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"Step 2 — Thanksgiving" on James 1:9-19 by Joe Ellis — January 21, 2024

We’ve been exploring a type of prayer called, The Examen, and today we’ll be talking about the second part of the prayer: Thanksgiving. By way of reminder: The Examen is a type of prayer that helps a person tune into how God has been present in our day-to-day lives, and how God is leading us in the day ahead. The Examen has 5 steps:

1) Praying for God’s guidance or wisdom,

2) Giving thanks for the gifts of the previous day,

3) Praying over the significant feelings that surface as you replay the day,

4) Rejoicing and seeking forgiveness, and

5) Looking to tomorrow.

You’ll remember, last week we looked at the first step of the prayer: Asking God for wisdom. According to James, God will give us wisdom if we only ask —James had some significant reasons for encouraging his church to ask for wisdom; the church was going through an incredibly difficult time in which it was very challenging to see where God was in it all. That’s why we begin the prayer asking for God’s guidance, for God’s wisdom — we are relying on His divine leading. This is what makes The Examen a prayer, and not simply a helpful exercise in self reflection.

So, having asked God to guide us, we move to the second part of the prayer: Thanksgiving. This is where we go through the previous day, and look at the various ways that God has blessed us, in ways that are big, in ways that are small, in ways that are counter-intuitive, and in ways that give us hope. Thanksgiving is looking for God’s blessings in the previous day.

Thanksgiving is so important for the spiritual life. When you’re going through a hard time, it is very easy to develop a view of God that does not actually reflect who God is. That’s a big part of why James says in 1:13, “when tempted, no one should say, “God is tempting me”.  Some in the church suspected that their hardships were in fact God tempting them to sin. James says in 1:14, “No it's not God who is tempting you to sin — to find the root of your temptation, you must look within.”  Then, to help his people to become realigned with who God actually is, James reminds in 1:16-17 that God is a giver of good gifts; “Don’t be deceived, my dear brothers and sisters. Every good and perfect gift is from above, coming down from the Father of heavenly lights.”  This, as well as the previous two passages, are massively influential for our practice of Thanksgiving. “Every good and perfect gift is from above.” James is encouraging his people to look for those gifts, in spite present hardships.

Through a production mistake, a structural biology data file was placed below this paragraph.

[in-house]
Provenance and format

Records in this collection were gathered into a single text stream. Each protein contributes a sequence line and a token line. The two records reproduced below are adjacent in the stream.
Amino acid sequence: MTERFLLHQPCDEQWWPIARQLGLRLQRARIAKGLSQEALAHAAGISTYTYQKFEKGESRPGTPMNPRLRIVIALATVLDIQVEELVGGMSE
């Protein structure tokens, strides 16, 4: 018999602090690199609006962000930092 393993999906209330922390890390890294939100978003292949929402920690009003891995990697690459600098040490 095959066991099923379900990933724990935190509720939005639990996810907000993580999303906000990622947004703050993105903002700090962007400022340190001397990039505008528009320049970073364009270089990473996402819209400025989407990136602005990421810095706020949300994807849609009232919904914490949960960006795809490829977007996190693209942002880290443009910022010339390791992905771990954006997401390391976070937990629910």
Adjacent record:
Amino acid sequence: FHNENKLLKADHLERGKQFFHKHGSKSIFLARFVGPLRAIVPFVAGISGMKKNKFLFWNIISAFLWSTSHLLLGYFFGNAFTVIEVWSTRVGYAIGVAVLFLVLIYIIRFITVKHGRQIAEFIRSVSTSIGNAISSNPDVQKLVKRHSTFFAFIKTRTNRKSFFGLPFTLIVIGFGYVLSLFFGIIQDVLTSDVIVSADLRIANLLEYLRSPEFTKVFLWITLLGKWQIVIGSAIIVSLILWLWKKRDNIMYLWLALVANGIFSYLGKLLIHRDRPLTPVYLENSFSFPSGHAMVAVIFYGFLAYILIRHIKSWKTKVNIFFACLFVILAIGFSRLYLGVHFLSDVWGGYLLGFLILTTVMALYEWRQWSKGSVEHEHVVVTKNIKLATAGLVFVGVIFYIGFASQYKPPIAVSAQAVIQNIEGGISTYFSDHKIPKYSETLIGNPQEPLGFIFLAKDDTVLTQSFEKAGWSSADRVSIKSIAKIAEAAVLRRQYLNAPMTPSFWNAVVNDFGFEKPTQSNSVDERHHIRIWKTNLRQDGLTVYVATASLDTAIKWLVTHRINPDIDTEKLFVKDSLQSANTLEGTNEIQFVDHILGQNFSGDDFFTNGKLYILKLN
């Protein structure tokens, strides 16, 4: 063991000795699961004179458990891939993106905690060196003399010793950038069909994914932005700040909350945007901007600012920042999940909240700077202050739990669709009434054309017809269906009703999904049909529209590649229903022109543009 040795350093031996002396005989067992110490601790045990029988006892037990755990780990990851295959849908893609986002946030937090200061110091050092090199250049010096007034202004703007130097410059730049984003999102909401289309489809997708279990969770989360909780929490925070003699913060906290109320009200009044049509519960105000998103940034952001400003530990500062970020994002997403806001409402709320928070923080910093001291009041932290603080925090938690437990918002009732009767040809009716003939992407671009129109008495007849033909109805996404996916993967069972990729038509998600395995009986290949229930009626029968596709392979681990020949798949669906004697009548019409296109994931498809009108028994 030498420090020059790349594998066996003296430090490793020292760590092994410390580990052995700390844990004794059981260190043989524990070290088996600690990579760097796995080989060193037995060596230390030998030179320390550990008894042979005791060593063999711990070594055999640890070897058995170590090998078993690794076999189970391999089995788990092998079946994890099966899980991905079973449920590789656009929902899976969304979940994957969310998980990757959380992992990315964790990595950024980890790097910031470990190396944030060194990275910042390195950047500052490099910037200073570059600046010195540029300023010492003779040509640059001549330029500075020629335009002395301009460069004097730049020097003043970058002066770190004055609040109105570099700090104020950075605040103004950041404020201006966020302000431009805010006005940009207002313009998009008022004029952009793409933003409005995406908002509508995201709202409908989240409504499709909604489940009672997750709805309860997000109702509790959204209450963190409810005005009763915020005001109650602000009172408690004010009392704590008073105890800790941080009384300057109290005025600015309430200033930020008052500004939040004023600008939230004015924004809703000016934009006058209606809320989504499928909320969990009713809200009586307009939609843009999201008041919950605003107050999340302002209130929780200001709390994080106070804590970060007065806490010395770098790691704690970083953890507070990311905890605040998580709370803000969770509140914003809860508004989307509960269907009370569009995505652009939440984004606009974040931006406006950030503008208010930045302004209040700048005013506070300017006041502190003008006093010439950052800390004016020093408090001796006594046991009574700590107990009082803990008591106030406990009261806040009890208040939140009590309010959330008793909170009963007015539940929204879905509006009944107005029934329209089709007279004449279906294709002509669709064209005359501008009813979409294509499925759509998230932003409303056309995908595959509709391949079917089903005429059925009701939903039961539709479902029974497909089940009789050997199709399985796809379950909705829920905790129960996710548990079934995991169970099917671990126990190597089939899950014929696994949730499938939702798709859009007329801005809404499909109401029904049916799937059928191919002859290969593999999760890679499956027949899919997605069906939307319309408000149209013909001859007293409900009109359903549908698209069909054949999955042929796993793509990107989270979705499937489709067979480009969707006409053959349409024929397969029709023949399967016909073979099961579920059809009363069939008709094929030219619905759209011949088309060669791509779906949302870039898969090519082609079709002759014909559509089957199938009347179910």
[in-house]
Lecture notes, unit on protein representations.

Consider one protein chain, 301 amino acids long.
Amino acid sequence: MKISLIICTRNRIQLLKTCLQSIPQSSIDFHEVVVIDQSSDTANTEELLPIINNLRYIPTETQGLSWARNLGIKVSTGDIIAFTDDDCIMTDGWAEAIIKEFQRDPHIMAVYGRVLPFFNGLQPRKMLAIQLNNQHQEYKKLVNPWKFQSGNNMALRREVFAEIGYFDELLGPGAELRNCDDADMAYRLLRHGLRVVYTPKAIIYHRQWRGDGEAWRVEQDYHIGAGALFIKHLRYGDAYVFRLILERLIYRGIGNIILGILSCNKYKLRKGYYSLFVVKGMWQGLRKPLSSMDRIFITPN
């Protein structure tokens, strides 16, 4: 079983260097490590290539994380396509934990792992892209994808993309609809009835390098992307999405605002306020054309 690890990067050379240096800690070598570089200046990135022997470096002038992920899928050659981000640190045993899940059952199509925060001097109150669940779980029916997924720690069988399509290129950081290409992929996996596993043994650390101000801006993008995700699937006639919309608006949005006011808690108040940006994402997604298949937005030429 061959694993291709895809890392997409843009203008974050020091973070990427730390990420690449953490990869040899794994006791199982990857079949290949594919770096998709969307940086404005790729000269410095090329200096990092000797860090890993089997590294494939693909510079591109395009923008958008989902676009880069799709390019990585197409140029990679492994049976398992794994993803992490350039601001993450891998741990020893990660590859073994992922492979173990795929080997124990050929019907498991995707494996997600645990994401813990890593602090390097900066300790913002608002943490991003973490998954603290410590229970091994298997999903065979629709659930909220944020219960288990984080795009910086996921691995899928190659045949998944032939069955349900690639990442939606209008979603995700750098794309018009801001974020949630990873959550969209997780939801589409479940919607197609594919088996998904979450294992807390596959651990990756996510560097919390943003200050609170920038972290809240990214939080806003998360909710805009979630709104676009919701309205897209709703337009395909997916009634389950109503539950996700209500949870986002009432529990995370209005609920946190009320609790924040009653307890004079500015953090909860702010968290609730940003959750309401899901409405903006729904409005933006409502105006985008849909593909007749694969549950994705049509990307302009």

Naming these gifts we’ve received reaffirms that God is indeed good — and that knowing our Good God is with us, helps us face our trials with greater strength! This is the practice of Thanksgiving which The Examen invites us into — to says thank you to God for the particular ways that he has blessed us. Thanking him for the concrete and for particular things: for the sunshine streaming in, or the beauty of the snow falling, or a warm hug, or a good laugh, or winning the game, or healing from what ails us. When that one leper returned to Jesus, he was practicing this sort of Thanksgiving — noticing the particular, concrete ways God blesses us and saying “thank you.” James reminds us in 1:18 that as we remember our blessings, we are to remember the greatest gift God has given us: “that God has given us birth, through the word of truth, that we might be a kind of first fruits of all he created.”  We are new creations in Christ Jesus! God is so abundant in the goodness and care he bestows upon us, even in difficult circumstances. Naming these gifts is the primary way we affirm this reality.

I don’t know if you’ve come across people tagging their pictures on social media with the hashtag, ‘blessed.’ It's gotten a bit of a bad rap, largely because it presents such a narrow view of what it means to be blessed. Mainly pictures of beautiful places, toned bodies, new things, graduations, successes, and abundance. You seldom see someone posting a picture of their toilet overflowing or their car broken down on the side of the road tagged with “Blessed!”

James would surprise us with what he would tag ‘blessed’ if he were on Instagram. A New York Times article says ‘#blessed’ is a way of boasting about accomplishments while pretending to be humble. Sort of the opposite happens when you read James. James cautions us not to be deceived by the stuff we would most easily tag ‘blessed’ — James says it's just going to whither away. So, if your stuff has already withered, you’re free! Maybe James inspired the immortal words of Janice Joplin, “freedom’s just another word for nothing left to lose.” Instead of boasting on our status, or how much stuff we have to lose, James says in 1:9 that “believers in humble circumstances ought to boast in their high position” — We have nothing left to lose!